45. Ali Wentworth’s Happily Ali After: I’ve had a brutal few months and I want to thank Ali Wentworth for making me laugh out loud. Each chapter is a hilarious meditation on one of those inspirational self-help quotes, and how she brought it (or didn’t) to life. SO worth your purchase.  
  46. Elena Ferrante’s The Story of the Lost Child: Read everything + anything written by this woman. End of story.
  47. Stacey Levine’s The Girl With Brown Fur (Stories): While I was in Seattle in September, I picked up half a dozen wonderful books and Levine’s feral stories were such a rare find. Levine has often been compared to Kafka in the surreal landscapes she paints and the comparison is an apt + warranted one. I haven’t been this excited since reading Aimee Bender.
  48. Maile Meloy’s Devotion: I just finished this miniature story today and I loved it. Maile is such an incredible storyteller, and she manages to encapsulate hurt, loss and devotion into so few pages.
  49. Laura Kasischke’s In a Perfect World: If you want to feel the end of the world read this magnificent novel alongside Gold Fame Citrus. After a whirlwind three-month courtship, Jiselle (who’s name in Danish means “to pledge”) marries a pilot who is rarely home and becomes step-mother to his three children. Their idyllic life is anything but, especially with the hovering Phoenix flu (think Contagion).
  50. Claire Vaye Watkin’s Gold Fame Citrus: After reviewing this list it occurs to me that I didn’t include Claire’s terrific first novel. I bought it when I first moved to California and the apocalypse that ensues as a result of the drought is so beautifully rendered, and if The Road and White Noise birthed a miracle baby, this would be it.
  51. Lauren Groff’s Fates and Furies: Easily one of my favorite books of the year. The hype is well deserved and this book is pure magic from plot to character to vision. Read it. You won’t be disappointed.

22 thoughts on “all the books I read this year

  1. Your post about Elizabeth Gilbert’s Big Magic was what made me go out and get the book. It was so fun and inspiring to read. My favorite book of 2015! So thank you for taking the time to write about it.

    Like

  2. Thx for sharing this fantastic list of books. I really loved your personal story at the beginning of the blogpost, since it reminded me a lot of my own. I used to love books and read loads before I started to suffer from bulimia and during those years I hardly read anything. Since recovering in 2014 I have started to indulge in books again and I finally feel like myself again. I can’t wait to read some of your recommendations!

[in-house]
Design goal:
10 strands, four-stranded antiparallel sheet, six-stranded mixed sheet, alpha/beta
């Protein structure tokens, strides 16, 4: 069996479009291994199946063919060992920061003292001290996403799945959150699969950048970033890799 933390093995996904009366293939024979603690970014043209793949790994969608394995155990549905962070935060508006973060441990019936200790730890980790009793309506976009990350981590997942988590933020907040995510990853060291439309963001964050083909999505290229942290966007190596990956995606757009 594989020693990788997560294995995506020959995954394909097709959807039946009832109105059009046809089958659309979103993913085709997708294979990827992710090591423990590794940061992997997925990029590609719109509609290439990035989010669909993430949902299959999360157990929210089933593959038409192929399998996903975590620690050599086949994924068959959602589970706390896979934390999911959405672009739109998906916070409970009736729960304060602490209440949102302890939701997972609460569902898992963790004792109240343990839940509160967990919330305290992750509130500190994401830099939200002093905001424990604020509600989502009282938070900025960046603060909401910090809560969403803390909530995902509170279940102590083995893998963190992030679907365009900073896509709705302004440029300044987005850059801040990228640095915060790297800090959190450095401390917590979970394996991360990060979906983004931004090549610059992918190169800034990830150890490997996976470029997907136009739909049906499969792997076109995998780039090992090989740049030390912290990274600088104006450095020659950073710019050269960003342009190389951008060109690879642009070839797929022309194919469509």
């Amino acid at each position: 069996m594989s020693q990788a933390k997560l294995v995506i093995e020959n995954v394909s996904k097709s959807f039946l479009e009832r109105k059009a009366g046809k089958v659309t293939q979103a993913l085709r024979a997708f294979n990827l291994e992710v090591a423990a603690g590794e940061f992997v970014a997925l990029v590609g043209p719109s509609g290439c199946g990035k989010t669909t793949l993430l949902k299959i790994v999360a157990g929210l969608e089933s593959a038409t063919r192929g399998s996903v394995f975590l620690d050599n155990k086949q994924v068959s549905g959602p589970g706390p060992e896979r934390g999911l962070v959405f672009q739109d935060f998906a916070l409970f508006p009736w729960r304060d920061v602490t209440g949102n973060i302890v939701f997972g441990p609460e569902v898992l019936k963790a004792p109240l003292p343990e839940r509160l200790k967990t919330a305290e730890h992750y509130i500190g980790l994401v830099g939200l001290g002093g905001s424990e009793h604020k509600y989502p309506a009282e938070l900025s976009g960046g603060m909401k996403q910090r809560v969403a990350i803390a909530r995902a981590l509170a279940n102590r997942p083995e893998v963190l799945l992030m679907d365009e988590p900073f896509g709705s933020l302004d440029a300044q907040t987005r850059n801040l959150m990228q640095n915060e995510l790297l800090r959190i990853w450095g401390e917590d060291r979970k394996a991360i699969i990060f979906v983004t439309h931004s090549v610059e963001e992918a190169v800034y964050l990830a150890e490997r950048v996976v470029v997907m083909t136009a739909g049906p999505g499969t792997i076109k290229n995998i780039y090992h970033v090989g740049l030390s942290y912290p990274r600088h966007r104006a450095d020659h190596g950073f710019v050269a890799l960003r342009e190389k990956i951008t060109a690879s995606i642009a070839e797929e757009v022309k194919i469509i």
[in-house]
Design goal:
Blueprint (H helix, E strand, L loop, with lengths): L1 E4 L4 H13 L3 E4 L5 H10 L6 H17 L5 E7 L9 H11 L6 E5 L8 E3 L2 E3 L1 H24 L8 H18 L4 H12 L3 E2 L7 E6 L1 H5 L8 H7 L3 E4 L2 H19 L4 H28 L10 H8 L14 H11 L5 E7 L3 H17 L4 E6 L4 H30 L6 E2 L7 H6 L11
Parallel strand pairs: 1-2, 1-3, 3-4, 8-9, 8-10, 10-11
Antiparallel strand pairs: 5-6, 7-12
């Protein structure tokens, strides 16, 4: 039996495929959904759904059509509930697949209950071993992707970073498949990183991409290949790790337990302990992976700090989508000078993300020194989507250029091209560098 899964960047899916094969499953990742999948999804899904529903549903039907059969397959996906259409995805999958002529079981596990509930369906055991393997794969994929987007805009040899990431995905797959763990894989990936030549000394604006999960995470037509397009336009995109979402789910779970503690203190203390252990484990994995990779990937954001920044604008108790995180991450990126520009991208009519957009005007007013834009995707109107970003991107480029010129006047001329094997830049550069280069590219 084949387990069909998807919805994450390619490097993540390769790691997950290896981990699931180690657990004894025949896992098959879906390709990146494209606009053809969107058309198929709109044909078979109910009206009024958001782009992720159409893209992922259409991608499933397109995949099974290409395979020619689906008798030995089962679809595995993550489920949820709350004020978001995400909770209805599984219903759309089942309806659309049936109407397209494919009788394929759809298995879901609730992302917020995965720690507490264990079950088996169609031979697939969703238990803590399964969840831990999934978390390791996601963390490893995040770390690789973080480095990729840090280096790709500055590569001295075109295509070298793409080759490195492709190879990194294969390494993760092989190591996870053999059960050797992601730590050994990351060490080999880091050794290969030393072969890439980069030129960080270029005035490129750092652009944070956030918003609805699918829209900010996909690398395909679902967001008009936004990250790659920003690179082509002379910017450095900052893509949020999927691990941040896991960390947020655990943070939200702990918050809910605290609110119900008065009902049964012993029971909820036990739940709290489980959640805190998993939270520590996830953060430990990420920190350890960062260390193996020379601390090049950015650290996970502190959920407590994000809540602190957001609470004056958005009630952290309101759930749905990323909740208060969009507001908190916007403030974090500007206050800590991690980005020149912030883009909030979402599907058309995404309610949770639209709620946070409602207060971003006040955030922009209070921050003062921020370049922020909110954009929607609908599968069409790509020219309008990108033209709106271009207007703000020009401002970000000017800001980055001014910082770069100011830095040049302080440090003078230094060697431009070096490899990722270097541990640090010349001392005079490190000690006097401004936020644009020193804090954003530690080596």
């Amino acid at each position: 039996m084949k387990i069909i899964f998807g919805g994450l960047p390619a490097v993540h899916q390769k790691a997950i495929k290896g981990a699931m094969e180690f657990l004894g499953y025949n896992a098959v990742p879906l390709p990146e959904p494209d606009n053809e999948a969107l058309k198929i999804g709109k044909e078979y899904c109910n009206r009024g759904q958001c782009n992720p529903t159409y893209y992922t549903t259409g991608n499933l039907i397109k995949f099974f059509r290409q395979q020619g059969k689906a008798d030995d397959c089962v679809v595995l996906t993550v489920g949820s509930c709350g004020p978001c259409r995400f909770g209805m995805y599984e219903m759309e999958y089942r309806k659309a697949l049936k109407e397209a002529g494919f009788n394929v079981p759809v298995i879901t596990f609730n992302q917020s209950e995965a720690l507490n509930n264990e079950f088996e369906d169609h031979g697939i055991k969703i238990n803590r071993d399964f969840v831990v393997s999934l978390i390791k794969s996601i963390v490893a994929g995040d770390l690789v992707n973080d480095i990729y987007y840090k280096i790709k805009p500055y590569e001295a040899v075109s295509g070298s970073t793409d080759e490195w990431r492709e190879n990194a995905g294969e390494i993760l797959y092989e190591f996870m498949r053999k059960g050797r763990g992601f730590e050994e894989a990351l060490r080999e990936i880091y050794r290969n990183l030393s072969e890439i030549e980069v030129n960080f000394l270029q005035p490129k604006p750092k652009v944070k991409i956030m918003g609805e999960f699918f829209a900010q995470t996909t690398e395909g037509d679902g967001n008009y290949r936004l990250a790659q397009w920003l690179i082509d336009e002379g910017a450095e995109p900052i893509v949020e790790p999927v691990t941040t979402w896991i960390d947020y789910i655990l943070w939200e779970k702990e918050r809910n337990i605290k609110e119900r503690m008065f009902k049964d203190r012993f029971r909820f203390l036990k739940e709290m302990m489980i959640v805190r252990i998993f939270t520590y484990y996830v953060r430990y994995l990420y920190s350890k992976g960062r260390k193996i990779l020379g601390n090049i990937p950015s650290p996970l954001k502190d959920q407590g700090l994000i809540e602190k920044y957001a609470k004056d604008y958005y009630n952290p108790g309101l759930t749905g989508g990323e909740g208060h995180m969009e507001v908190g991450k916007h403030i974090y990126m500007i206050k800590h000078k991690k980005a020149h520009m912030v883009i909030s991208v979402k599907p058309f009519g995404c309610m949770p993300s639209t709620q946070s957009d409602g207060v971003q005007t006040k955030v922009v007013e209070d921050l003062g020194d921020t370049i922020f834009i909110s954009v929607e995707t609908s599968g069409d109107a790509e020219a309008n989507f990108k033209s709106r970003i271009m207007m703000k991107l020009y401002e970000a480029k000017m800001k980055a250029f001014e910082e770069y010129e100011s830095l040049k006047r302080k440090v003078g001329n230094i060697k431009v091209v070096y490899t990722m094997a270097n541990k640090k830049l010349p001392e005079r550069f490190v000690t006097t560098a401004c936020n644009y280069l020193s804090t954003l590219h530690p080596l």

Like

  3. This is a great list! So excited to dig in.

    I’m in the process of moving so I will finally have more space for books! A friend asked me why didn’t I just get a Kindle. Why have so many books?

    I don’t have anything against Kindles but I already spend so much time on my computer and on my iPhone. I like to sit down and read a book. Nothing better.

    Like

  4. An amazing gift you’ve given us with this list!

    Gone Girl fell flat for me, too, while The Girl on the Train made me feel ill (she’s a powerful writer!). This year I’m drawn more and more to that child-like imaginative quality and discovered the beautiful magical writing of Janina Matthewson’s novella Of Things Gone Astray.

    Like

  5. Just a thank you for this list…of course I want everything! But, also thanks to you, I have a feeling that at least Big Magic is waiting for me under the Christmas tree… 🙂

    Like

  6. Felicia! You published a poem I wrote! My only poetry publication, and I cherish it. You told me to send more, but I never did. Didn’t think I had any more poetry in me. Now I’ve got a novel I’m trying to shop and half a dozen other projects in mind, but I’m still trying to make a living. Alas. Thank you for this list, especially Elizabeth Gilbert’s book. Can’t wait to read it. (I hated Eat, Pray, Love too, but mostly because I’ve been to Bali and met Ketut Liyer and…well, I digress.) So glad to encounter you here! Love your blog.

    Like

Leave a Reply

Fill in your details below or click an icon to log in:

WordPress.com Logo

You are commenting using your WordPress.com account. Log Out /  Change )

Google+ photo

You are commenting using your Google+ account. Log Out /  Change )

Twitter picture

You are commenting using your Twitter account. Log Out /  Change )

Facebook photo

You are commenting using your Facebook account. Log Out /  Change )

w

Connecting to %s